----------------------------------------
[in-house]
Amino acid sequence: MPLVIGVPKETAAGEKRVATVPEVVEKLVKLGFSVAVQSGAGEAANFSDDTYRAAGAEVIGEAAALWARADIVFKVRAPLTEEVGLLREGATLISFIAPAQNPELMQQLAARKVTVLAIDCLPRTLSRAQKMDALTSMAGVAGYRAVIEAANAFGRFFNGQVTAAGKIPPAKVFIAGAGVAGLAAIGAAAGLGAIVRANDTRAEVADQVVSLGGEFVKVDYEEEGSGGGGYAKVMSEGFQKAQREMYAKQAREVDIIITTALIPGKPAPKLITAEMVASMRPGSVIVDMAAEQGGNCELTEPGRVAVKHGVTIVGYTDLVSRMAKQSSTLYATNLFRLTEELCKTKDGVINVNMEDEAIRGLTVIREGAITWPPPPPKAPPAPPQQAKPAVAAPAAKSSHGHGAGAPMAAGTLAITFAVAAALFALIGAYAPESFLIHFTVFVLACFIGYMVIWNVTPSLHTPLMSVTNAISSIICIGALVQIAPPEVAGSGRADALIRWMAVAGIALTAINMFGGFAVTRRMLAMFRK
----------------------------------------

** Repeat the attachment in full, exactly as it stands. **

[in-house]
Amino acid sequence: MPLVIGVPKETAAGEKRVATVPEVVEKLVKLGFSVAVQSGAGEAANFSDDTYRAAGAEVIGEAAALWARADIVFKVRAPLTEEVGLLREGATLISFIAPAQNPELMQQLAARKVTVLAIDCLPRTLSRAQKMDALTSMAGVAGYRAVIEAANAFGRFFNGQVTAAGKIPPAKVFIAGAGVAGLAAIGAAAGLGAIVRANDTRAEVADQVVSLGGEFVKVDYEEEGSGGGGYAKVMSEGFQKAQREMYAKQAREVDIIITTALIPGKPAPKLITAEMVASMRPGSVIVDMAAEQGGNCELTEPGRVAVKHGVTIVGYTDLVSRMAKQSSTLYATNLFRLTEELCKTKDGVINVNMEDEAIRGLTVIREGAITWPPPPPKAPPAPPQQAKPAVAAPAAKSSHGHGAGAPMAAGTLAITFAVAAALFALIGAYAPESFLIHFTVFVLACFIGYMVIWNVTPSLHTPLMSVTNAISSIICIGALVQIAPPEVAGSGRADALIRWMAVAGIALTAINMFGGFAVTRRMLAMFRK